Proterra closed a $55 million strategic financing round to fund its growing all-electric bus business.

The $30 million Series D equity round was led by several new strategic investors including a sovereign fund from the Middle East, Mike Dorsey and Miriam Rivera, as well as individual investors and an unnamed family office. There was also a $25 million debt financing round with new investor Hercules Technology Growth Capital.

The firm has raised a total of more than $150 million* in equity funding from investors including KPCB, GM Ventures, Hennessey Capital, NMT Capital, Mitsui & Co. Global Investment, 88 Green Ventures and Vision Ridge Partners.

The combination of funding is expected to carry Proterra to profitability. “While the company has made great strides within the last year, we’re really looking forward to supporting Proterra through this next stage of expansion,” Michael Linse, a partner at KPCB and Proterra board member, said in a statement.

The injection of debt capital will help fund Proterra’s new manufacturing facility in California. The company’s CEO, Ryan Popple, recently told Greentech Media’s Eric Wesoff that it has 100 electric buses shipped or under order, as well as a number of clients that are placing additional orders.

Proterra designs and builds all of the parts of its buses in the U.S.. The products include full-size transit buses and shuttle buses. Many of the company’s clients are municipalities interested in lower-emissions options, often to meet mandates.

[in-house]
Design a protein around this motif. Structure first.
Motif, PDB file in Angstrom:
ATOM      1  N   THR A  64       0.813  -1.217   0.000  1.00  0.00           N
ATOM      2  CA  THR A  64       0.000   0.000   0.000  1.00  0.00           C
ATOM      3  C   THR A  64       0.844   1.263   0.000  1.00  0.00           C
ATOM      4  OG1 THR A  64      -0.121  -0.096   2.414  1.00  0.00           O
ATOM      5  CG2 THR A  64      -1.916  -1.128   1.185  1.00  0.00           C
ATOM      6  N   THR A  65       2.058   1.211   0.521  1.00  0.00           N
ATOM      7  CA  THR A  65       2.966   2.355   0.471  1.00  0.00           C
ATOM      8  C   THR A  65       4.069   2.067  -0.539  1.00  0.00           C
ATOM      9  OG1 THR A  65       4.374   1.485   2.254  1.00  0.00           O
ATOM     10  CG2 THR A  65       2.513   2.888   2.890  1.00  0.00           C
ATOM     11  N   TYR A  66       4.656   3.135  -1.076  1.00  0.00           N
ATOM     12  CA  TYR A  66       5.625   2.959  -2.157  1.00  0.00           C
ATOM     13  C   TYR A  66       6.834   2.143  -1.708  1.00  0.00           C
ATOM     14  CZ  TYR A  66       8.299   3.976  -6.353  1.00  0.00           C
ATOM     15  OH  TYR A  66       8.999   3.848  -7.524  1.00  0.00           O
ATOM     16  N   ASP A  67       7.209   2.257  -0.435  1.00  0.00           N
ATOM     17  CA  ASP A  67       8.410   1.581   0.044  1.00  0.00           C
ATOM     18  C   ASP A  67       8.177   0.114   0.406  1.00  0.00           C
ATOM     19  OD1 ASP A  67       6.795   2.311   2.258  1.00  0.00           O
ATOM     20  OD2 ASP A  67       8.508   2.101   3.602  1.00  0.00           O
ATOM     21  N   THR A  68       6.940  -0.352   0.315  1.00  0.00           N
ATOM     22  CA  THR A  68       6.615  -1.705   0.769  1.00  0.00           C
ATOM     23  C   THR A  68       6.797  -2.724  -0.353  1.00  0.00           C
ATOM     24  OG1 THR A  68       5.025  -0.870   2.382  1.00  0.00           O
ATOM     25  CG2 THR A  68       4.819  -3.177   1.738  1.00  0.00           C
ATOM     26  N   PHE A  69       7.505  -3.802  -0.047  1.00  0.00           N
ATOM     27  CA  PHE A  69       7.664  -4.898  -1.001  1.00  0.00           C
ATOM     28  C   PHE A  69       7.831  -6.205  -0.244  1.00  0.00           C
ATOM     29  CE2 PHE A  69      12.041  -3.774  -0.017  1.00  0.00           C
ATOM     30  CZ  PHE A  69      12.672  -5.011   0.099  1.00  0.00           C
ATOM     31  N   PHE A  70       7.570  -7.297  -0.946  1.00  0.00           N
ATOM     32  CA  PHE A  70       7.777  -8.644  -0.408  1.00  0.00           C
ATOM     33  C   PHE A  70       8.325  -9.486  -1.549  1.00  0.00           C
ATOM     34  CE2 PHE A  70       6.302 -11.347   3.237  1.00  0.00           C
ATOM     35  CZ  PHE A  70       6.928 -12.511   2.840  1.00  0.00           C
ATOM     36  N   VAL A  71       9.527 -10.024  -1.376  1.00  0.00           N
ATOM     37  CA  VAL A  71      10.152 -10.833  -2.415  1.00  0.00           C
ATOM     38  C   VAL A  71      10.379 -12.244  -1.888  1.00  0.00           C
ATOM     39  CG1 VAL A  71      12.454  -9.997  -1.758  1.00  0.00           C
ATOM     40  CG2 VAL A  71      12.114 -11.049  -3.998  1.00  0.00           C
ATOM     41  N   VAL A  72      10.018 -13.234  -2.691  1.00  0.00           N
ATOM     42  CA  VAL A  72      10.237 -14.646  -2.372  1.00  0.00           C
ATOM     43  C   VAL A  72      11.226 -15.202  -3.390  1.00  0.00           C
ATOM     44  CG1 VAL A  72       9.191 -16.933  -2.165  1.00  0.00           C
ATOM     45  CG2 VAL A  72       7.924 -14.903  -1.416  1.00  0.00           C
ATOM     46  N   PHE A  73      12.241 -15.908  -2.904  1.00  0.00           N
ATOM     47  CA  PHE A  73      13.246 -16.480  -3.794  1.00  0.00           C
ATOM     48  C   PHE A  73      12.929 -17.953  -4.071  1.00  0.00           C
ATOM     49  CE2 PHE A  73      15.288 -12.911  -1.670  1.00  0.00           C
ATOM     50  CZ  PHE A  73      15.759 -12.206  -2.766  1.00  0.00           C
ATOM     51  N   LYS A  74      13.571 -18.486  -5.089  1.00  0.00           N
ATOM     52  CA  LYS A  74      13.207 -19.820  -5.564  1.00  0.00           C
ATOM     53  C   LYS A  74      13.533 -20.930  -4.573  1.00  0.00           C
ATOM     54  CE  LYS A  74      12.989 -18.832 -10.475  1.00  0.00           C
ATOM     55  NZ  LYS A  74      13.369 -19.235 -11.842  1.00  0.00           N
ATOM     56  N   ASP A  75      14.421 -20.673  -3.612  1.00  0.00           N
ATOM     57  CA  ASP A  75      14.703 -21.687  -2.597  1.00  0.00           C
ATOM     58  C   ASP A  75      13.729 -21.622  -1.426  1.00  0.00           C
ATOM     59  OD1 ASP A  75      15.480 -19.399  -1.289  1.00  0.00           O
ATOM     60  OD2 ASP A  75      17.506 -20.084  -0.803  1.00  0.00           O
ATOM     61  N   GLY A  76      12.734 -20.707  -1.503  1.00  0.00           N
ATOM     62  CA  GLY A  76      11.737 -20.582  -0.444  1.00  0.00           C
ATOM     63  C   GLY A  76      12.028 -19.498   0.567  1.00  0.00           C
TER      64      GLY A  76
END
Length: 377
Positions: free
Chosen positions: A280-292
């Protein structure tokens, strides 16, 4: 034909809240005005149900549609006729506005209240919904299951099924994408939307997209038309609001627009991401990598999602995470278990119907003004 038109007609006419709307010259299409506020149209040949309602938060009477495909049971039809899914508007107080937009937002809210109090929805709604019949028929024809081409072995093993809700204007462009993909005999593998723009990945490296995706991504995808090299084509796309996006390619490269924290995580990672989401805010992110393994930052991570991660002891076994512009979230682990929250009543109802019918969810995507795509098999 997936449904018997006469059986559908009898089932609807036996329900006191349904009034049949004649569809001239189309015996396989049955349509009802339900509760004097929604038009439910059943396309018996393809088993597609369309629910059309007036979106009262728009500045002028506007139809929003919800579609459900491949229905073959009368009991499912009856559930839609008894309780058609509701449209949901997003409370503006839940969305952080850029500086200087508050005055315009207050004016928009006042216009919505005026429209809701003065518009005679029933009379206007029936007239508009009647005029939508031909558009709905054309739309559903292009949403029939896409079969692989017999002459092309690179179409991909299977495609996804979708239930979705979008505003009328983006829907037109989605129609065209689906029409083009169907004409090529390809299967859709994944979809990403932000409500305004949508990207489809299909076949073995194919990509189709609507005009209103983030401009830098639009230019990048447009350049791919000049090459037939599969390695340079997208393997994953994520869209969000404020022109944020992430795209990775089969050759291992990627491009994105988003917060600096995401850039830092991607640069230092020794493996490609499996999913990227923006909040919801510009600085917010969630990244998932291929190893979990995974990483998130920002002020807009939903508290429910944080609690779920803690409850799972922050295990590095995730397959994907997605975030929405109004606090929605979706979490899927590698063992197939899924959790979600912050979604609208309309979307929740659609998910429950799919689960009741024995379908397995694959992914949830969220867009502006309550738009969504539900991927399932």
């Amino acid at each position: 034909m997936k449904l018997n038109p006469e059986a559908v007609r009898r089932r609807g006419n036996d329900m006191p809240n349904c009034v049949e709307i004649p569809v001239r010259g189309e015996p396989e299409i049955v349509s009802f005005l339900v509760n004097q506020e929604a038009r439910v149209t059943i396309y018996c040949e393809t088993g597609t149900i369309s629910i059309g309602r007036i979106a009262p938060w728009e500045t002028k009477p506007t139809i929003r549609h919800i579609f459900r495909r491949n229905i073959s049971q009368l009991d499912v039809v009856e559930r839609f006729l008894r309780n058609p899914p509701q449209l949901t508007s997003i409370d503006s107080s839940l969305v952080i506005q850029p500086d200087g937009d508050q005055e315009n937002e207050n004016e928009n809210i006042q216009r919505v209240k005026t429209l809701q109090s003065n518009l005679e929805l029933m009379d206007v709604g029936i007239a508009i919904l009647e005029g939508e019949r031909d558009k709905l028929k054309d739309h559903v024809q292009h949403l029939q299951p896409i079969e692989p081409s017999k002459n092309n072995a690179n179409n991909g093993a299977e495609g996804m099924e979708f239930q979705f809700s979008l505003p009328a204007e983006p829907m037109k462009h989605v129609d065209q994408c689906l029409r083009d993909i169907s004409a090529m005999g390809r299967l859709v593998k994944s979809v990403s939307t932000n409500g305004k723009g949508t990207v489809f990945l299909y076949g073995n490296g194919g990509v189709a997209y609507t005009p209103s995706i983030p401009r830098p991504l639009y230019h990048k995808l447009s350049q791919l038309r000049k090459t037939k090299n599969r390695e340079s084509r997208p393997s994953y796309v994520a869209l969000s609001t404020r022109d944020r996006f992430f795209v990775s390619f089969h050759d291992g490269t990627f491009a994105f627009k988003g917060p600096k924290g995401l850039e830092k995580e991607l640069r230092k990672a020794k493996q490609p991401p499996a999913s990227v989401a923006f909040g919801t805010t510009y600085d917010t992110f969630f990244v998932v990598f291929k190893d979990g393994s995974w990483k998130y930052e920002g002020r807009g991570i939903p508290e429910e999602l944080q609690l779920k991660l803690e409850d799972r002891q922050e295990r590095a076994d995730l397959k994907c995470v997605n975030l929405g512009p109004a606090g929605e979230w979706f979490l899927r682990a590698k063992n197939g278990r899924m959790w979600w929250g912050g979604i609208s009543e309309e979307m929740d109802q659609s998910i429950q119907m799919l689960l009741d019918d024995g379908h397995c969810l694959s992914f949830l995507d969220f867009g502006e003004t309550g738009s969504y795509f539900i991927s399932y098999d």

Proterra uses battery packs from Toshiba and LG Chem. It uses automotive-grade, industry-standard batteries and is prepared to ride the commodity cost curve.    

In recent years, Proterra has been able to reduce the cost of its buses to less than $800,000, largely due to battery cost reductions, although that’s still a significant premium compared to conventional buses that cost about $500,000. By 2016, Popple expects the payback compared to a diesel bus to be two years.

Proterra's not just competing against conventional technology, however. BYD Motors, based in China, is the world’s largest all-electric bus maker and has sold more than 5,000 units.

Another U.S.-based all-electric chassis maker, Motiv, has so far developed shuttle buses and school buses, but not full-size transit buses.

*This story has been updated with a more accurate tally of Proterra's VC funding.